I think I could wax poetical about Princess Academy for a while – so I’ll just pull out a few bits that I loved the most. Our protagonist, Miri, is a heroine to remember, with her own insecurities and strengths. Miri’s growth, from a girl that covered up her insecurities with a laugh and a quick turn of phrase, to a wise and reasoned leader, is fantastic and a driving force behind Princess Academy. Her relationship with the other girls in the academy, from the challenges of the snippier older girls like the competitive Katar and the quiet friendship of orphan Britta, are similarly wonderful and memorable. I think what I loved most of all, though, was watching Miri’s wonder as she learns to write and to read, about commerce and debate, and how she applies those lessons to the betterment of her fellow peers and Eskelians.
Basically, I loved this book. I loved it so very much that immediately upon finishing it, I eagerly picked up and devoured Princess Academy: Palace of Stone, to continue Miri’s adventures. And I’m very, very happy to eat crow because Princess Academy is all kinds of wonderful. If you haven’t read this book yet, what are you waiting for? I highly recommend it.
Notable Quotes/ Parts: From Chapter 1:
The east says it’s dawn
My mouth speaks a yawn
My bed clings to me and begs me to stay
I hear a work song
Say winter is long
I peel myself up and then make away
Miri woke to the sleepy bleating of a goat. The world was as dark as eyes closed, but perhaps the goats could smell dawn seeping through the cracks in the house’s stone walls. Though still half-asleep, she was aware of the late autumn chill hovering just outside her blanket, and she wanted to curl up tighter and sleep like a bear through frost and night and day.
Then she remembered the traders, kicked off her blanket, and sat up. Her father believed today was the day their wagons would squeeze up the mountain pass and rumble into the village. This time of year, all the villagers felt the rush for the last trading of the season, to hurry and square off a few more linder blocks and make that much more to trade, that much more to eat during the snow-locked months. And Miri longed to help.
Wincing at the rustle of her pea-shuck mattress, Miri stood and stepped carefully over her pa and older sister, Marda, asleep on their pallets. For a week she had harbored an anxious hope to run to the quarry today and be already at work when her pa arrived. Perhaps then he might not send her away. She pulled her wool leggings and shirt over her sleep clothes, but she had not yet laced her first boot when a crunch of pea-shucks told her that someone else had awakened.
Pa stirred the hearth embers and added goat dung. The orange light brightened, pushing his huge shadow against the wall.
“Is it morning?” Marda leaned up on one arm and squinted at the firelight.
“Just for me,” said their father.
He looked to where Miri stood, frozen, one foot in a boot, her hands on the laces.
“No,” was all he said.
“Pa.” Miri stuffed her other foot in its boot and went to him, laces trailing on the dirt floor. She kept her voice casual, as though the idea had just occurred to her. “I thought that with the accidents and bad weather lately, you could use my help, just until the traders come.”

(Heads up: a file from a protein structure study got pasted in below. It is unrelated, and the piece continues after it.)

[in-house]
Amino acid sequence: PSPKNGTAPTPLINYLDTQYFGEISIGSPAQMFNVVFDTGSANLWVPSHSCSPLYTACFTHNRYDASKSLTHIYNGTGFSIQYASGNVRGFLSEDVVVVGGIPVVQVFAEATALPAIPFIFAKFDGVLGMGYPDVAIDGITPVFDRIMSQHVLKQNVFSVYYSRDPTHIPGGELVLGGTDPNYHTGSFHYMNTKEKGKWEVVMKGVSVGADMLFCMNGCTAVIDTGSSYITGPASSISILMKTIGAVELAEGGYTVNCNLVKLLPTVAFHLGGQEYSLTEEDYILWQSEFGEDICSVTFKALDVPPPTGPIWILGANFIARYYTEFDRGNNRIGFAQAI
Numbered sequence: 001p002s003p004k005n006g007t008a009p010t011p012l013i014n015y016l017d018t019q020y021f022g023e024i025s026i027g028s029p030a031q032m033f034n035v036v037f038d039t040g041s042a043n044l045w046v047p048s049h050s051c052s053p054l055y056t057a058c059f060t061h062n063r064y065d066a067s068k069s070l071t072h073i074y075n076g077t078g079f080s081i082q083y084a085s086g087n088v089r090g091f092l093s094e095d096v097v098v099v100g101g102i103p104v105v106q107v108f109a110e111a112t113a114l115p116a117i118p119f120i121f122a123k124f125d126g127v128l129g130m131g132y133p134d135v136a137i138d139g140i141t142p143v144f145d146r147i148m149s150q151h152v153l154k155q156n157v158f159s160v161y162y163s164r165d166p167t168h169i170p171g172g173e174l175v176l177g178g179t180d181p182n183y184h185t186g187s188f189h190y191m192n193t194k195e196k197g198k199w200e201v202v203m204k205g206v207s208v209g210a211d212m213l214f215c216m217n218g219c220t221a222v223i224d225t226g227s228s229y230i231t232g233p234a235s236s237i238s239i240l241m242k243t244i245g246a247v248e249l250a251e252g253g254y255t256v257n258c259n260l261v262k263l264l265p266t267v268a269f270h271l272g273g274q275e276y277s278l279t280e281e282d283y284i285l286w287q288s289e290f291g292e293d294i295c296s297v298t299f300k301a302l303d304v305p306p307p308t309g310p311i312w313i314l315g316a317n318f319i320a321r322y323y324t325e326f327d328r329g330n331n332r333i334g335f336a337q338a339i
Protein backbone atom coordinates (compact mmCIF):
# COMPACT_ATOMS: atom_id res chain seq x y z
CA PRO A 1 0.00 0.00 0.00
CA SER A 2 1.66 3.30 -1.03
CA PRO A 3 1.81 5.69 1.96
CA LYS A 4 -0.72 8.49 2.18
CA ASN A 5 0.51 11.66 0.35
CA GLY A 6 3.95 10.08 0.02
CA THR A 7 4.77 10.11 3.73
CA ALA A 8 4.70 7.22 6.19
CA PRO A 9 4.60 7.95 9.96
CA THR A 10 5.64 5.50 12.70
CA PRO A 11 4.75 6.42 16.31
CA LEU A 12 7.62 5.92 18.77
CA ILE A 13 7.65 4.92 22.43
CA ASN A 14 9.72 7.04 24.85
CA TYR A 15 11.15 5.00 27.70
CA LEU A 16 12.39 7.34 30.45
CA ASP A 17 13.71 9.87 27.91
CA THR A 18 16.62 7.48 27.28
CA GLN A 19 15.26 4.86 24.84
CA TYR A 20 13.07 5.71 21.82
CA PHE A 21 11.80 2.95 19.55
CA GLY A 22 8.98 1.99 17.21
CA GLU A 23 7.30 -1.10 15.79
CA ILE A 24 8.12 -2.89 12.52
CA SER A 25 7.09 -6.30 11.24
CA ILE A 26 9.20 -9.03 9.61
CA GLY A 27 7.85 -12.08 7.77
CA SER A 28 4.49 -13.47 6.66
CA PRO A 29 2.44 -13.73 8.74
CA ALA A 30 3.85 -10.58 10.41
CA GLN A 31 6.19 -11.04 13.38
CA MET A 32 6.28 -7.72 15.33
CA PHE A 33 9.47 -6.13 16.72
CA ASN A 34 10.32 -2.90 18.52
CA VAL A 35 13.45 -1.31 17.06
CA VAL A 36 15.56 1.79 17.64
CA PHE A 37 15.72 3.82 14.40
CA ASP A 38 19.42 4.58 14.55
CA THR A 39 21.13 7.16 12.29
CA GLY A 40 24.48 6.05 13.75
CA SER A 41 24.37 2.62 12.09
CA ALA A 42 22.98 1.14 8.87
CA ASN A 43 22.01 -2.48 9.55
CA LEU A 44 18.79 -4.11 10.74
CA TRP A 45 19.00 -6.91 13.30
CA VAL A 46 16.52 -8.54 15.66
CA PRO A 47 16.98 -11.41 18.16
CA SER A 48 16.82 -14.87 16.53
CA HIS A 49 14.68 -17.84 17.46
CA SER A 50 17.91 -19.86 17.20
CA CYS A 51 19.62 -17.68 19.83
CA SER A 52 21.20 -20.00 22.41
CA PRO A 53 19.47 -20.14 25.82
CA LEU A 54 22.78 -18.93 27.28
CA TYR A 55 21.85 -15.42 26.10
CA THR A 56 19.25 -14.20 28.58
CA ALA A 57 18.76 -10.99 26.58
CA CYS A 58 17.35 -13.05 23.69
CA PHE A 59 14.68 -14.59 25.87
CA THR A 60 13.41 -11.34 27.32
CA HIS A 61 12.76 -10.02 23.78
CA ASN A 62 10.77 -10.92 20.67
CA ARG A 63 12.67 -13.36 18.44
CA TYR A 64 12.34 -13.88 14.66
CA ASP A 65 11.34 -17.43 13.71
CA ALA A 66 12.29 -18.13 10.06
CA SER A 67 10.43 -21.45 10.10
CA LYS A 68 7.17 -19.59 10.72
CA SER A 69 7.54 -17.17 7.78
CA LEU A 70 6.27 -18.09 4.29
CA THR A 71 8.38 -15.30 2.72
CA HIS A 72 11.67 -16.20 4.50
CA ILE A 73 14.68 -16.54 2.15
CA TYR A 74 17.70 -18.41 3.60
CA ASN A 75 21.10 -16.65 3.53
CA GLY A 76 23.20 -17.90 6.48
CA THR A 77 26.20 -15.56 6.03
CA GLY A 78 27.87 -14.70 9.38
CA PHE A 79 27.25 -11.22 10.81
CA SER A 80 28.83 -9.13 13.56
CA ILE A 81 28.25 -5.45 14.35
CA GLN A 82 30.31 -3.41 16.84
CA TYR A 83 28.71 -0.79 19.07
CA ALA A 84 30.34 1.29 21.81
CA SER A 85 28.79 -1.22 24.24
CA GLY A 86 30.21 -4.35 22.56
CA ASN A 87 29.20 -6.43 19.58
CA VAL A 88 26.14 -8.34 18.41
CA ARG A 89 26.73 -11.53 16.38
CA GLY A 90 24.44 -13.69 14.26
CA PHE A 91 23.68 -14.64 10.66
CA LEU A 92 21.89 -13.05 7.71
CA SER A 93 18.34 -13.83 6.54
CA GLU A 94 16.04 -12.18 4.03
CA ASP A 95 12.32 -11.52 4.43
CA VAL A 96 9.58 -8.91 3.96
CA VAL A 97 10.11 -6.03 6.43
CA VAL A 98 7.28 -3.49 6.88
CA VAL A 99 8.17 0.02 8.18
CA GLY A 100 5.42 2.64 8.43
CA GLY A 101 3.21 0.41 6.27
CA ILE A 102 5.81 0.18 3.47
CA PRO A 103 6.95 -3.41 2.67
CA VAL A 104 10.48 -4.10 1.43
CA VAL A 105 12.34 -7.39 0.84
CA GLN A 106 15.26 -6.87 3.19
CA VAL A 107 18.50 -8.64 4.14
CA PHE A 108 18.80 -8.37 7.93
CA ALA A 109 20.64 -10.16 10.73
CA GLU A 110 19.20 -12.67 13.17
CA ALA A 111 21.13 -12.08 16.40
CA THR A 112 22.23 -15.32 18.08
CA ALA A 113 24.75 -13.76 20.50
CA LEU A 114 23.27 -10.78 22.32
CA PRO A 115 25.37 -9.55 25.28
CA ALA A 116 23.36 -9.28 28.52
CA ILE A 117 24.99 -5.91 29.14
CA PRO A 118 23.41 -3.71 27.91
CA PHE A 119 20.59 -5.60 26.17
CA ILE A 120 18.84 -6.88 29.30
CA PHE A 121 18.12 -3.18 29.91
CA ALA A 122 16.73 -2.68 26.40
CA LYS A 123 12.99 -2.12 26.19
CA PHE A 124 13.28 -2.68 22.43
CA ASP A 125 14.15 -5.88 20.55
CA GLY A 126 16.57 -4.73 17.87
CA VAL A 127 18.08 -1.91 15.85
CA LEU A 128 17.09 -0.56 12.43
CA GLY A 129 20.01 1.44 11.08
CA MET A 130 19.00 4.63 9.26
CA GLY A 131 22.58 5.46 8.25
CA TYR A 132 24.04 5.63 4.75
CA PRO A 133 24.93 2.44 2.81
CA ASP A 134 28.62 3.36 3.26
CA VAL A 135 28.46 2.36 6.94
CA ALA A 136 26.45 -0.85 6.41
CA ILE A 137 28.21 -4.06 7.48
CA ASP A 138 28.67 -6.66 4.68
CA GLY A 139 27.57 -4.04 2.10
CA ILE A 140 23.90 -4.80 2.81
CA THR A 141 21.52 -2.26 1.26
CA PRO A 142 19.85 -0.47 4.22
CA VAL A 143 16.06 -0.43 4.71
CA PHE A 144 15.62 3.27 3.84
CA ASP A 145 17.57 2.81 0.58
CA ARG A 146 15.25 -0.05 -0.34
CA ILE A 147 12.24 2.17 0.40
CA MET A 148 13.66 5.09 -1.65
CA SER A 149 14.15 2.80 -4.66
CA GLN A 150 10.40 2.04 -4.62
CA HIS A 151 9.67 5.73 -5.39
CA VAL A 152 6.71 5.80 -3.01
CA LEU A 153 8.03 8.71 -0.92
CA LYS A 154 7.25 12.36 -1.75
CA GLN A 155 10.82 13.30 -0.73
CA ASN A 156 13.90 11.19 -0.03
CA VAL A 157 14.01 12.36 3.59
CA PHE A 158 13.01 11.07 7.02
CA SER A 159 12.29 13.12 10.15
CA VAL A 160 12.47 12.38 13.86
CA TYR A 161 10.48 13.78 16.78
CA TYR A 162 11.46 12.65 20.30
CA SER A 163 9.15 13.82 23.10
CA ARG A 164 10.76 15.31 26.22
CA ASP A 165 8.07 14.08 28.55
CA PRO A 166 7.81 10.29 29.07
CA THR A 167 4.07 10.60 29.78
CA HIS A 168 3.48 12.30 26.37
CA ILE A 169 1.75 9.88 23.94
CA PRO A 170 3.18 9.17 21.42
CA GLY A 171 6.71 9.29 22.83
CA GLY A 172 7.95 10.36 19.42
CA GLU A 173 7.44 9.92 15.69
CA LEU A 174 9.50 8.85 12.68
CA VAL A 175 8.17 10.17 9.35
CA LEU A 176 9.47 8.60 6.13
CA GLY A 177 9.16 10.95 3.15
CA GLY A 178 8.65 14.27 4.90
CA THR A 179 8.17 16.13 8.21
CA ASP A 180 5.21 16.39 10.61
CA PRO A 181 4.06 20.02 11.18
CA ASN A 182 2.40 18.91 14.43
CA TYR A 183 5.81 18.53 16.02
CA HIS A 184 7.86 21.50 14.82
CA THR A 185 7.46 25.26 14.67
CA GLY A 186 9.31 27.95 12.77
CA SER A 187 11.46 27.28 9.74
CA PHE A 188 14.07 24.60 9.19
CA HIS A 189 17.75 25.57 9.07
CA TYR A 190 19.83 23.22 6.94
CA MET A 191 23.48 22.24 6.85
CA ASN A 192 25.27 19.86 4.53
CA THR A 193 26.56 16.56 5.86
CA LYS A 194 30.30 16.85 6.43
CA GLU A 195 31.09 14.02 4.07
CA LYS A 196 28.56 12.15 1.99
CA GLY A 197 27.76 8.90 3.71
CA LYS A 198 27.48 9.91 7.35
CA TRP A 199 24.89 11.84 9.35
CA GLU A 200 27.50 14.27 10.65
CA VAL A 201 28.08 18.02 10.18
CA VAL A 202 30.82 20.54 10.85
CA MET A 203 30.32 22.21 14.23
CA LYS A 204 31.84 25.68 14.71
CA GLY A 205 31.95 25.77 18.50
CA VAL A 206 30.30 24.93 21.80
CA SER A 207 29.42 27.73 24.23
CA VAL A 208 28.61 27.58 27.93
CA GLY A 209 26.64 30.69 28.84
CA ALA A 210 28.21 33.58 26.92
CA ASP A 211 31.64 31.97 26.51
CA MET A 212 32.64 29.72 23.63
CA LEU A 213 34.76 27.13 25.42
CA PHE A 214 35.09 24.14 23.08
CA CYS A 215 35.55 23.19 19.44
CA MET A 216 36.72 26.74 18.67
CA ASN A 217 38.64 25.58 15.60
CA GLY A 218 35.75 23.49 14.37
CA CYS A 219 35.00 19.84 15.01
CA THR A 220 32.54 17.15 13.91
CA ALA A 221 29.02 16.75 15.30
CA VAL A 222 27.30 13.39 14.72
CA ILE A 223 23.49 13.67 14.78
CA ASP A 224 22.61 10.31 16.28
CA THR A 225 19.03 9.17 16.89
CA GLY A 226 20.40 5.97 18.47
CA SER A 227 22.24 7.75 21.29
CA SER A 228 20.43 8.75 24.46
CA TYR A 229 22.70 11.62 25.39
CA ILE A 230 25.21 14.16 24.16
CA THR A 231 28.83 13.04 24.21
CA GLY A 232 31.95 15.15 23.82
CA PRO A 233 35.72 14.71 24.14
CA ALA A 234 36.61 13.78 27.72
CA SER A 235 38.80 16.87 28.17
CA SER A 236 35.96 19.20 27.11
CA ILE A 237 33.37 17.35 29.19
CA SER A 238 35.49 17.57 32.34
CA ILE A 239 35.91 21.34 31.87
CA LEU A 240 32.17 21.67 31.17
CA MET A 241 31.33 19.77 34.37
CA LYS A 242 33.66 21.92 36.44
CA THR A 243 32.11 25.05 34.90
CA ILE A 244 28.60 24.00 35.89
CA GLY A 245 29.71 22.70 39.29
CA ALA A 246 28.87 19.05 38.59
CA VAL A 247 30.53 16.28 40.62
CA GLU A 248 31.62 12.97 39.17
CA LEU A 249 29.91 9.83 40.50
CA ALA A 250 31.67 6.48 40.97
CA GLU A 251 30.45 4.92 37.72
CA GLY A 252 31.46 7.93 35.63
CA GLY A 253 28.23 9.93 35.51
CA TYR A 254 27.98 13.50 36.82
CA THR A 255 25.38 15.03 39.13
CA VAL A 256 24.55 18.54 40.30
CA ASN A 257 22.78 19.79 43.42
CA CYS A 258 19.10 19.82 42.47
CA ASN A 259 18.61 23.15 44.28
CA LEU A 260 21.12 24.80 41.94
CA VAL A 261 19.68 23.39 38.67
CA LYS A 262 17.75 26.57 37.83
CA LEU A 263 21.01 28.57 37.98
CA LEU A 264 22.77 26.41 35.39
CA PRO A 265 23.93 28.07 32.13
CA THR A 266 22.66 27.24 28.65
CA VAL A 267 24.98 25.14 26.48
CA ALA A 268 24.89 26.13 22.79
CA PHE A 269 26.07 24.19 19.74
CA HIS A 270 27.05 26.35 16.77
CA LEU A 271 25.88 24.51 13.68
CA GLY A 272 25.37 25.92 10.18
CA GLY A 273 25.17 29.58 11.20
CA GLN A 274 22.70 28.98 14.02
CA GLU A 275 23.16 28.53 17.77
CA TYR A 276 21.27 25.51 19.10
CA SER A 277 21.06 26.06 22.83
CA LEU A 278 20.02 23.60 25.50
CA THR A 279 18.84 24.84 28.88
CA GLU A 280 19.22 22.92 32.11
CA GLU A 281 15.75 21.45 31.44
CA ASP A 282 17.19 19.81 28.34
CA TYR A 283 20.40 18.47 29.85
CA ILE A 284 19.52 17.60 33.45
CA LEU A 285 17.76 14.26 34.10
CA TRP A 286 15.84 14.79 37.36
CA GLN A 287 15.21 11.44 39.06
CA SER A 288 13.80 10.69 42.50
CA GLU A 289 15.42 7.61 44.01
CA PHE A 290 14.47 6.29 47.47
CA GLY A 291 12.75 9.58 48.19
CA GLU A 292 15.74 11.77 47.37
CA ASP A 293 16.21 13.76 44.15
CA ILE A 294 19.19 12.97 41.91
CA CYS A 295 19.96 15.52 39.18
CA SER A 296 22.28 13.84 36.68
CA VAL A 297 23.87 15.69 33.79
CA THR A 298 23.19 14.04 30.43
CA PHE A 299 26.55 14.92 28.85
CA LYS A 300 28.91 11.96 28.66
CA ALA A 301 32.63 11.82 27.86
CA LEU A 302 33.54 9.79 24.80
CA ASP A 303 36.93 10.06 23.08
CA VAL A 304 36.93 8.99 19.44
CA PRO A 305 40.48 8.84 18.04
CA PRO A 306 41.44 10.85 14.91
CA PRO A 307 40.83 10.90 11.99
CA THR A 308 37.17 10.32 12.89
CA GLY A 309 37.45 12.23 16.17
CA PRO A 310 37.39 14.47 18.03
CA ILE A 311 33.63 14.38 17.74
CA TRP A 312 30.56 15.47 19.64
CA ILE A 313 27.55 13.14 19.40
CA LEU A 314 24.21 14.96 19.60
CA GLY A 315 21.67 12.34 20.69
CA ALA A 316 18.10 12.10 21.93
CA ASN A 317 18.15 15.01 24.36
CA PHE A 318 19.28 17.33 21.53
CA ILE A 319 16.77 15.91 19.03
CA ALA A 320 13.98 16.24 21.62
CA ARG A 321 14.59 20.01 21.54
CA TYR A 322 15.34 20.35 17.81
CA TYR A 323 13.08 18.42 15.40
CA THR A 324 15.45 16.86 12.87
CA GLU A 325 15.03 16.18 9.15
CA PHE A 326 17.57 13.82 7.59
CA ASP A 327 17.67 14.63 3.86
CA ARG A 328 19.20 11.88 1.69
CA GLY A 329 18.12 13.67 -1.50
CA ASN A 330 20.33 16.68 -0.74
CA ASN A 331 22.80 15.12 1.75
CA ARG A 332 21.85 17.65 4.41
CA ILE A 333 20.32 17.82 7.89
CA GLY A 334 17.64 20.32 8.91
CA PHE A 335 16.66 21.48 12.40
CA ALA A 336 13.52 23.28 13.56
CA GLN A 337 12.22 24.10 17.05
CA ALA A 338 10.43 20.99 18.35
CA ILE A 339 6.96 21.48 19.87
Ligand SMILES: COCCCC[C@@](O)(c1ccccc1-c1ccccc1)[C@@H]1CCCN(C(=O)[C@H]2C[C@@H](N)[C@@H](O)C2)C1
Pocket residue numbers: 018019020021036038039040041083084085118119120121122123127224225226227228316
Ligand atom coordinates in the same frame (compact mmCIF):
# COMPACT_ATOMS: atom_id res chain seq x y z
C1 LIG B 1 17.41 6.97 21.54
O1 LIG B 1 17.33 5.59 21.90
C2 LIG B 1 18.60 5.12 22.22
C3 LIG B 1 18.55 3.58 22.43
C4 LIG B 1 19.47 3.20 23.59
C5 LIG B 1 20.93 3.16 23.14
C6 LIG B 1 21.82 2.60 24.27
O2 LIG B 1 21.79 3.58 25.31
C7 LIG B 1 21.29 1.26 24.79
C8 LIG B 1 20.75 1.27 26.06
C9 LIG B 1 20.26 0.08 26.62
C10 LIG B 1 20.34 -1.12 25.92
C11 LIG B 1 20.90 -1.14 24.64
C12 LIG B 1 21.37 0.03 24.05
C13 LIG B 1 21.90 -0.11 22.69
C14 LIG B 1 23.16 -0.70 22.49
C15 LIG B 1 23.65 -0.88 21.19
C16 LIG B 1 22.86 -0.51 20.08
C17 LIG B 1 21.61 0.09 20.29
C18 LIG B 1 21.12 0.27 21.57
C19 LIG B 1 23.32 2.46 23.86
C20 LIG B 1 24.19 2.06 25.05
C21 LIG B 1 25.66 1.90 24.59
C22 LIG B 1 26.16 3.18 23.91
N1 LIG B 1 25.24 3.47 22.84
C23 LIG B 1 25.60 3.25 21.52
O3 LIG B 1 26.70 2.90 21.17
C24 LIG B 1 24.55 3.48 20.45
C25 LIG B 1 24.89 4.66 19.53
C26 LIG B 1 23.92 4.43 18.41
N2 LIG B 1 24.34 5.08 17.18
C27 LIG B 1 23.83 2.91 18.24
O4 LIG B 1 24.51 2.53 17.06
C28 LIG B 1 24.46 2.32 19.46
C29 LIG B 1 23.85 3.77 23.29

Pa did not say no again, but she could see by the concentrated way he pulled on his boots that he meant it. From outside wafted one of the chanting songs the workers sang as they walked to the quarry. I hear a work song say winter is long. The sound came closer, and with it an insistence that it was time join in, hurry, hurry, before the workers passed by, before snow encased the mountain inside winter. The sound made Miri’s heart feel squeezed between two stones. It was a unifying song and one that she was not invited to join.
Embarrassed to have shown she wanted to go, Miri shrugged and said, “Oh well.” She grabbed the last onion from a barrel, cut off a slice of brown goat cheese, and handed the food to her father as he opened the door.
“Thank you, my flower. If the traders come today, make me proud.” He kissed the top of her head and was singing with the others before he reached them.
Her throat burned. She would make him proud.
You can read the full excerpt online HERE.
Rating: 8 – Excellent, leaning towards a 9
Author: Shannon Hale
Genre: Fantasy, Young Adult
Publisher: Bloomsbury USA Childrens
Publication date: August 2012
Hardcover: 323 pages
Coming down from the mountain to a new life in the city seems a thrill beyond imagining. When Miri and her friends from Mount Eskel set off to help the future princess Britta prepare for her royal wedding, she is happy about her chance to attend school in the capital city. There, Miri befriends students who seem so sophisticated and exciting… until she learns that they have some frightening plans. They think that Miri will help them, that she “should “help them. Soon Miri finds herself torn between loyalty to the princess and her new friends’ ideas, between an old love and a new crush, and between her small mountain home and the bustling city. Picking up where “Princess Academy “left off, this incredible stand-alone story celebrates the joys of friendship, the delight of romance, and the fate of a beloved fairy tale kingdom.